Governor Andrew Gregg Curtin of Pennsylvania was a staunch supporter of the Lincoln administration. The commonwealth supplied more than 360,000 white soldiers and 9,000 black soldiers during the conflict. However, there was sustained opposition to the war throughout the state, much of it fanned by the pens of Democratic newspaper editors. Though most opposition was disorganized and spontaneous, other aspects of the antiwar sentiment in the state occasionally erupted as major incidents.
In The Fishing Creek Confederacy, Richard A. Sauers and Peter Tomasak address the serious opposition to the draft in Columbia County, Pennsylvania, in 1864. Egged on by the anti-Lincoln newspaper editors, a number of men avoided the draft and formed ad hoc groups to protect themselves from arrest. The shooting of a Union lieutenant confronting draft evaders in July 1864 resulted in military intervention in the northern townships of the county. The troops arrested more than one hundred men, sending about half of them to a prison fort near Philadelphia. Some of these men were subjected to military trials in Harrisburg, the state capital, that fall and winter. The arrests led to bitter feelings that were slow to die. The military intervention eventually impacted a Pennsylvania gubernatorial election and led to a murder trial.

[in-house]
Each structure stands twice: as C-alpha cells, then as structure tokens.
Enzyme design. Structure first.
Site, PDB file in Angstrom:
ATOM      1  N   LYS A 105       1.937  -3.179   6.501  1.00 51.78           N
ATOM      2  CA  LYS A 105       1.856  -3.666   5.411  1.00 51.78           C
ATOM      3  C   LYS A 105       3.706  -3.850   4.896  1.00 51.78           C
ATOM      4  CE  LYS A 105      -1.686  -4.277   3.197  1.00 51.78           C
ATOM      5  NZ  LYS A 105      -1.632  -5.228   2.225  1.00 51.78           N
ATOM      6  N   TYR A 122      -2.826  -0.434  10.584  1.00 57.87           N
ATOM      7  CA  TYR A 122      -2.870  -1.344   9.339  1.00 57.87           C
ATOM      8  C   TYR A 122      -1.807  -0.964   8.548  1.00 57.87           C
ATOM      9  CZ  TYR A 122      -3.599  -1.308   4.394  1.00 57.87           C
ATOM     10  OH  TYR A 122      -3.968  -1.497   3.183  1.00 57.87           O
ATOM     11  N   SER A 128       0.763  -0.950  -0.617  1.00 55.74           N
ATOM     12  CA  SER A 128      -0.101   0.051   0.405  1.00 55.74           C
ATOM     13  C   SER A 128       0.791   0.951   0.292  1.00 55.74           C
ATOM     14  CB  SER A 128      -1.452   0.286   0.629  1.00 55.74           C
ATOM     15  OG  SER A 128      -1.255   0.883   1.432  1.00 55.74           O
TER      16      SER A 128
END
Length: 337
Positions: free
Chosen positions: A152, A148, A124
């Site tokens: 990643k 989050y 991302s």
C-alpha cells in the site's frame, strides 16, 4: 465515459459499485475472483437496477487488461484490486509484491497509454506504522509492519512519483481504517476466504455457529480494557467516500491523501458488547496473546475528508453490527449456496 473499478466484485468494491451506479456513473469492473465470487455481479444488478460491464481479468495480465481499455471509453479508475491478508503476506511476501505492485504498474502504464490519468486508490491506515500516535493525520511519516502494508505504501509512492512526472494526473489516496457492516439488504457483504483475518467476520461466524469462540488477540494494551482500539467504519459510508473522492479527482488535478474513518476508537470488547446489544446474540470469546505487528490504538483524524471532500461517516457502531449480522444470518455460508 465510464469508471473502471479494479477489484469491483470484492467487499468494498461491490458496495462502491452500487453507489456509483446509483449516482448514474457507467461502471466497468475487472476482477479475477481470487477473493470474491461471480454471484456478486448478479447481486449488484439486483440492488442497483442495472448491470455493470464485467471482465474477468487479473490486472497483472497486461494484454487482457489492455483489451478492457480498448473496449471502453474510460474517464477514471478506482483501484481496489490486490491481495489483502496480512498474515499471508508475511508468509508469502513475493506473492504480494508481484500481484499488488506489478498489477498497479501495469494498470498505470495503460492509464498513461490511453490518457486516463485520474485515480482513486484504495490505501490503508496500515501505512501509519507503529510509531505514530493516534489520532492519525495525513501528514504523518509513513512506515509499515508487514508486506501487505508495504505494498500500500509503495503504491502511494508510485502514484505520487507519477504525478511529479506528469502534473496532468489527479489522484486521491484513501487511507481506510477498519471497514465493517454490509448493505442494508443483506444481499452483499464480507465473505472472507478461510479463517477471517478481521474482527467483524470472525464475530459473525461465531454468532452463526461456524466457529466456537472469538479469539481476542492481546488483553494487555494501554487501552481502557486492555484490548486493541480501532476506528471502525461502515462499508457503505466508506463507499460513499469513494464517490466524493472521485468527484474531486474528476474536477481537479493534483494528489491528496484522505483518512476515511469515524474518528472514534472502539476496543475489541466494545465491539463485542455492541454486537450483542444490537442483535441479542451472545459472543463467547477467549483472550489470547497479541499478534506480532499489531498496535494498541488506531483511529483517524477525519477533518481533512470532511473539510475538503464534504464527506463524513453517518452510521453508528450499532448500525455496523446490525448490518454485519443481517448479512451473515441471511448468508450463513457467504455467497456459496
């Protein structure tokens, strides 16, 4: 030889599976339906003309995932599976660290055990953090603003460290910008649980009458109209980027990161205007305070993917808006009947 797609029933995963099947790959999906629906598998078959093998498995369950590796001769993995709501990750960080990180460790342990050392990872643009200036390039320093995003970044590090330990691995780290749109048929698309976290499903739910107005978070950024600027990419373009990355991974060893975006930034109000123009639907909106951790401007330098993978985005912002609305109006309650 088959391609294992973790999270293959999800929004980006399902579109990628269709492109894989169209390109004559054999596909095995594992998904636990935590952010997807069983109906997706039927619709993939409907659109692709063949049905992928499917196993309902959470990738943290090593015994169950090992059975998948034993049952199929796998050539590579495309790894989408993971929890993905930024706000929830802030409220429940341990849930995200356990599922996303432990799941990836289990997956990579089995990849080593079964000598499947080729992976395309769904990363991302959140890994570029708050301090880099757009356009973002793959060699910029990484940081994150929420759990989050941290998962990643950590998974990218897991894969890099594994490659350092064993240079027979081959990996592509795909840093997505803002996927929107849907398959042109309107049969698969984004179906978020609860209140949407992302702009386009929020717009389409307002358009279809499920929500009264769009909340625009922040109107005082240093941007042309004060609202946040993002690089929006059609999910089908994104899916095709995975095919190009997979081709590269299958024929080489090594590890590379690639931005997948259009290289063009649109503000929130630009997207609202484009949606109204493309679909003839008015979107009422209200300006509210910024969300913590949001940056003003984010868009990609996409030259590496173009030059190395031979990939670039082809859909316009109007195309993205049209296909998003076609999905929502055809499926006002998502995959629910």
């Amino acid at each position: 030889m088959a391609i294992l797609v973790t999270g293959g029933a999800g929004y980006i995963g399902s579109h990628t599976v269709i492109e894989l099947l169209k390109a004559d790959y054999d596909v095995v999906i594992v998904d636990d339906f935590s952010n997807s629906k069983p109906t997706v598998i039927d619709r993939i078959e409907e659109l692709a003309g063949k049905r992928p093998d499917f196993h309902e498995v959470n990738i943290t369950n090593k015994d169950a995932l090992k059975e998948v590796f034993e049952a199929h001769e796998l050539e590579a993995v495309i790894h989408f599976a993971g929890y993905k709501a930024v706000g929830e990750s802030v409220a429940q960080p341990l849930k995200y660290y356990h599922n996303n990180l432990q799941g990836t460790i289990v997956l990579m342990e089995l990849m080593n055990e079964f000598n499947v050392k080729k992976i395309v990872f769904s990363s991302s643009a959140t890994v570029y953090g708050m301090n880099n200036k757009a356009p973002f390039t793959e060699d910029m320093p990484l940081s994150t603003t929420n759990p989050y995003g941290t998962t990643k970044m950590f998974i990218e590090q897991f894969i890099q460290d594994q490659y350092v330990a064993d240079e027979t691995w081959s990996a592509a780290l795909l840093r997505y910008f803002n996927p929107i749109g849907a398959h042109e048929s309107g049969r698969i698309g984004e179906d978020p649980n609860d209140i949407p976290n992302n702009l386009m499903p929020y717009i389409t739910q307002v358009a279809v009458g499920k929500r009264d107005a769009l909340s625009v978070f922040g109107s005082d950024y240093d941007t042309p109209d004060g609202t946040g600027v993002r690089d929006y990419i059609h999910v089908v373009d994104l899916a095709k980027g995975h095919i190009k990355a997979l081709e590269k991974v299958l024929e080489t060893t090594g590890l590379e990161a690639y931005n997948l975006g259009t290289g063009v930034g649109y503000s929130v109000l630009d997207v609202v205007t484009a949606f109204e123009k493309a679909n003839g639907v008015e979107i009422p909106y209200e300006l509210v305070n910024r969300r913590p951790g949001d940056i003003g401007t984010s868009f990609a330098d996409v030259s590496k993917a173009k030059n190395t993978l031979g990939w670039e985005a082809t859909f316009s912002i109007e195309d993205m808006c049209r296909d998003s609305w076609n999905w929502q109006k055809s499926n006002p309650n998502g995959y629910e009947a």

Sauers and Tomasak describe the draft in Pennsylvania and consider how Columbia County fit into the overall draft process. Subsequent chapters take the reader through the events of the summer of 1864, including the interaction of soldiers and civilians in the county, the prison experiences of the men, and the trials. Later chapters cover the August 1865 Democratic rally at Nob Mountain and the effects of the draft episode after the war was over, including its influence on the 1872 election for governor, the 1891 murder trial, and the formation of the official Democratic version of the events, which has been used by historians ever since.